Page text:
South Africa, which is a “high beta” cyclical economy, with an outsized stake in commodities, will benefit in this expected scenario. JSE valuations are still compelling, despite last year’s 24% return in the All-Share index. The index trades on a price-earnings multiple of 12.7x cheaper than its 5-year average of 14.1x. The price-to-book ratio is also undemanding at 2.17 well below the 2007 peak of 3.07. The 3.72% dividend yield is attractive when compared with current money market rates. Money market rates will rise in line with the Reserve Bank’s monetary tightening cycle. However, a stable rand, backed by capital inflows, buoyant commodity prices, and robust trade and current accounts, should enable the Reserve Bank to lag its rate hike projection, providing an added tailwind for the economy and its markets.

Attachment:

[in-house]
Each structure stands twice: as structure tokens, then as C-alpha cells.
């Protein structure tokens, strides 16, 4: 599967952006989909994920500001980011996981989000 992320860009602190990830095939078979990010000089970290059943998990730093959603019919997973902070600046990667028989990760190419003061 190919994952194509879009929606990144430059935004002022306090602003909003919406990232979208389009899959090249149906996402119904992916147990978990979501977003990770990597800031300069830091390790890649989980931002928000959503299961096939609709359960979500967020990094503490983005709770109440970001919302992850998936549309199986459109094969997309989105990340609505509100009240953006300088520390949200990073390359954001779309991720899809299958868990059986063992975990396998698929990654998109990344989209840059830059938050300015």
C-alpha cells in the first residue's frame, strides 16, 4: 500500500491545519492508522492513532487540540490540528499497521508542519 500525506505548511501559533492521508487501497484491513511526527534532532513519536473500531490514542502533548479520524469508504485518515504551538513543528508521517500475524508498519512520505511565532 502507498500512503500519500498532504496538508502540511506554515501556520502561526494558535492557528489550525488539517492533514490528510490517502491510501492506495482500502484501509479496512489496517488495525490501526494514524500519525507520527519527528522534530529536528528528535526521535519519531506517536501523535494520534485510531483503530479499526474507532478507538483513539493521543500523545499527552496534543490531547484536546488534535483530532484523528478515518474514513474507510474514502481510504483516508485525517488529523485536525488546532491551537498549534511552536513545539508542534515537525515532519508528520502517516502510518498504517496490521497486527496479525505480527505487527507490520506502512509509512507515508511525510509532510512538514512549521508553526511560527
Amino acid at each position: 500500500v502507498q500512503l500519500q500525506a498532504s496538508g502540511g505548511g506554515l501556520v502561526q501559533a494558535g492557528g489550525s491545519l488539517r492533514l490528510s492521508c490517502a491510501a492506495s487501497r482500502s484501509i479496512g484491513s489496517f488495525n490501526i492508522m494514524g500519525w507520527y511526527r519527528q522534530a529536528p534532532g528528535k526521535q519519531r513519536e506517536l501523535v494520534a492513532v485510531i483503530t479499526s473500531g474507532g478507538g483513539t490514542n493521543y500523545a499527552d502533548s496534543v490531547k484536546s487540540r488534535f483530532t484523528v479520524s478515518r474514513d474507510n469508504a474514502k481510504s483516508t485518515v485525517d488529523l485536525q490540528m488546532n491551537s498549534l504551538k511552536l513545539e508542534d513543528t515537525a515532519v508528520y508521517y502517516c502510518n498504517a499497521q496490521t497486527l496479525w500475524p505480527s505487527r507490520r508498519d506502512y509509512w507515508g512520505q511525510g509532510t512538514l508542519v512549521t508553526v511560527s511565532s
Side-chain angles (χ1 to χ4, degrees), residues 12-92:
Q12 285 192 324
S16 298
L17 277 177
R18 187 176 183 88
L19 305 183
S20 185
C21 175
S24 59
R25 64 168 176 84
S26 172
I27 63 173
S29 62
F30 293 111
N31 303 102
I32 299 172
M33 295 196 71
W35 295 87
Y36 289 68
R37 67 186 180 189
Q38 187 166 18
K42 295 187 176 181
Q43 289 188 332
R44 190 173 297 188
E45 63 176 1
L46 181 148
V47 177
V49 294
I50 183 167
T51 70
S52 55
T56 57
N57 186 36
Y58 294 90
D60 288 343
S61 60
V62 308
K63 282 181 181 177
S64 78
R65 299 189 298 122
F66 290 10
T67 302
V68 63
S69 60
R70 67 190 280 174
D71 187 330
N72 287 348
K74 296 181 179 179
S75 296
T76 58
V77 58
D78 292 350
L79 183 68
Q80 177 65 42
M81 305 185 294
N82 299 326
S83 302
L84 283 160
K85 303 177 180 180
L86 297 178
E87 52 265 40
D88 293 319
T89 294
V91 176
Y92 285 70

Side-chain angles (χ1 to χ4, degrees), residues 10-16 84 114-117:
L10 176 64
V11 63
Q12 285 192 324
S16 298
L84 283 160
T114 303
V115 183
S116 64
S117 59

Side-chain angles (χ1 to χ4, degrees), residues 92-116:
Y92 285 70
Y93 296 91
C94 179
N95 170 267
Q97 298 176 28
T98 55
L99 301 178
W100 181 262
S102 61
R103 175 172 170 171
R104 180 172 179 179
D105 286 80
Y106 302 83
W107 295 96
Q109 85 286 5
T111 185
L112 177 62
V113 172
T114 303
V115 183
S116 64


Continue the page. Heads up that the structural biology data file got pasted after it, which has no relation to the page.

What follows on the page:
*All writers’ opinions are their own and do not constitute investment recommendations or financial advice. Speaking to a qualified wealth and investment professional is crucial before making financial decisions.